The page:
On the 21st of April, Great Britain experienced its first day without burning any coal since the 19th century. According to the National Grid, the energy was provided by natural gas, followed by nuclear and renewables. Given this example, what will our future energy mix look like? We are looking for the most well thought out answer to this question in up to 150 words: use the comment feature below the blog and please feel free to promote your research! The winner will receive an Amazon gift certificate worth £50 and a bag full of Mendeley items; competition closes June 14, 2017.

Making a Fossil of a Fuel

Coal powered the industrial revolution in Great Britain. However, as of the 21st of April, it was clear that the country is no longer dependent upon this once ubiquitous fuel. Britain’s energy on April 21, in descending order, came from natural gas, nuclear, wind, biomass and solar.

Back to the Past?

Not everyone is so keen on this development. In March, US President Donald Trump lifted a temporary ban on coal leases; his popularity in states like West Virginia was based on the promise to bring coal mines back into operation.

Powering the Future

However, the continued use of fossil fuels has a significant environmental cost. The World Health Organisation estimated in 2012 that up to 7 million deaths in that year were attributable to air pollution. Additionally, most climate scientists state that burning fossil fuels is wreaking havoc with the Earth’s climate.

What Next?

Given that Britain has shown that we can stop using at least one fossil fuel, what’s next? What will be the energy source of the future? Tell us!

About Mendeley Brainstorms

Our Brainstorms are challenges so we can engage with you, our users, on the hottest topics in the world of research.  We look for the most in-depth and well thought through responses; the best response as judged by the Mendeley team will earn a prize.

References

Fears, D. (2017). Donald Trump promises to bring back coal jobs but experts disagree. The Independent. [online] Available at: http://www.independent.co.uk/news/world/americas/donald-trump-coal-mining-jobs-promise-experts-disagree-executive-order-a7656486.html [Accessed 8 May 2017].

Golson, J. (2017). Britain goes a day without coal-fired power for first time since the 1880s. The Verge. [online] Available at: https://www.theverge.com/2017/4/23/15395754/coal-great-britain-electricity-power-plant [Accessed 8 May 2017].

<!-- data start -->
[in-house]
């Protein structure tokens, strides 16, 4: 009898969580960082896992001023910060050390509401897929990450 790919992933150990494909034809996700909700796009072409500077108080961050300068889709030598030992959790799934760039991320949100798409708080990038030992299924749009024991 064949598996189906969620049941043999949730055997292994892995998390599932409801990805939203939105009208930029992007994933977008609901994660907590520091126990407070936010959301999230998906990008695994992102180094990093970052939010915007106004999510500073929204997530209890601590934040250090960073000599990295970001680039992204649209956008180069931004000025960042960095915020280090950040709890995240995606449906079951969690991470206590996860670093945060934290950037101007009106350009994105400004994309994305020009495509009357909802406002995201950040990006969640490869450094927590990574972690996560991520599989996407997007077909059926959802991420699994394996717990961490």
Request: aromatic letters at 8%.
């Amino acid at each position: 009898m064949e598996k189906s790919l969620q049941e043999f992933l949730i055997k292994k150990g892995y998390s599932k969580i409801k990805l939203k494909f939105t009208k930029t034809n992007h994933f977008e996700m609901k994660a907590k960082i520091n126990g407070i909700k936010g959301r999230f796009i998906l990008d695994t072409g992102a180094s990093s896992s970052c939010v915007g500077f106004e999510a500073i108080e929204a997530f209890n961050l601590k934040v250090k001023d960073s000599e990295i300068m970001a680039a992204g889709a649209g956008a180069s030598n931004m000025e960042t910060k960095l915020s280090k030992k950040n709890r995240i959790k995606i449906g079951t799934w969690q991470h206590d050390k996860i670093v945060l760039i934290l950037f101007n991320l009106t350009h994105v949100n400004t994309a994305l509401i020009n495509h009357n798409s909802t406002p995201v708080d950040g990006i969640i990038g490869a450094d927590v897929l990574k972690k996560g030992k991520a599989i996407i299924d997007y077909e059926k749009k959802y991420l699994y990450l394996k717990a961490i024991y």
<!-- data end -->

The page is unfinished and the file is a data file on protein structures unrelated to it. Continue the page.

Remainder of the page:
Mendeley Brainstorm – Send in the Clones – We Have a Winner!

Is cloning going to be part of our future?

Many thanks to all those who entered the Mendeley Brainstorm related to Cloning; picking a winner was problematic, however in the end, we selected Preston Whisenant’s post:

Genetic engineering has been happening, is happening, and will continue to happen regardless of how people feel about it. Science won’t stop, and shouldn’t stop, it’s exploration into genetics and its quest to save humanity from unspeakable, terrible, genetic diseases and complications simply because some people are against it! Even if banned, genetic research would still take place, it would simply take place with less oversight, less well-meaning intentions, and less sophistication (Kurzgesagt, 2016).

Health is the top priority; it is unethical to stop research that could save people from unnecessary complications and lifetimes of suffering! Kant, a philosopher, maintains that it is not only the action, but the intention of the action that determines virtue (Kant, 1785). To therefore deny people freedom from such suffering simply because one’s ‘value system’ makes one uncomfortable when considering it may not be malicious, but it is sheer ignorance and it is cruel!

We asked Preston what inspired him, He wrote:

I was particularly interested in the sociological and ethical implications of the development or lack thereof of this technology and how it should be utilized. I wonder then, if that technology had existed earlier if it could’ve been utilized to spare many from all kinds of problems and inconveniences caused by genetics.

Thank you, Preston!

Those who didn’t win this time are encouraged to respond to the latest Mendeley Brainstorm, regarding The End of Driving. Thanks again to all our participants.

Webinar: Gender bias in academic publishing

Join Publishing Campus for this highly anticipated webinar in which three industry experts explore the issue of unconscious bias and its role in academic publishing.

About the webinar

Unconscious gender bias in academia can have a real impact on women’s careers. Whether it’s obtaining a job or publishing a paper, quick judgments made subconsciously by reviewers can have very tangible consequences. In this webinar, you’ll learn the ins and outs of identifying and avoiding the pitfalls of gender bias. You’ll come away with clear evidence of the influence of unconscious bias in peer review, and hear about some of the recent efforts by publishers to reduce it, making the publishing process fairer and more equitable for all.

Attend this event – Thursday 11 May, 2017 – 2 pm BST / 3 pm CEST / 9 am EST

Ask the experts

Join the Gender Bias in Academic Publishing Mendeley group to field your questions to the experts and engage in deeper conversation with other attendees.

Presenter bios

Joanne Kamens is the Executive Director of Addgene, a mission-driven nonprofit dedicated to helping scientists around the world share useful research reagents and data. She holds a PhD in Genetics from Harvard Medical School and founded the Boston chapter of the Association for Women in Science. In 2010, she received the “Catalyst Award from the Science Club for Girls” for her longstanding dedication to empowering women in the STEM fields.

Nicole Neuman holds a PhD in biochemistry from Tufts University, which was followed by a post-doctoral fellowship at Brigham and Women’s Hospital, studying cell signaling. She joined Cell Press in 2012 as Editor of Trends in Biochemical Sciences. Nicole has enjoyed engaging Cell Press in community conversations around gender in the STEM fields, first by organizing a symposium around gender and science and now by co-leading the “The Female Scientist,” a column in the Cell Press blog Crosstalk.

Kate Hibbert holds a degree in Earth Sciences from the University of Oxford and a PhD in Isotope Geochemistry from the University of Bristol. She joined Elsevier in 2015 as a Publisher for its Geochemistry and Planetary Science Journals and has been a true champion for women in STEM.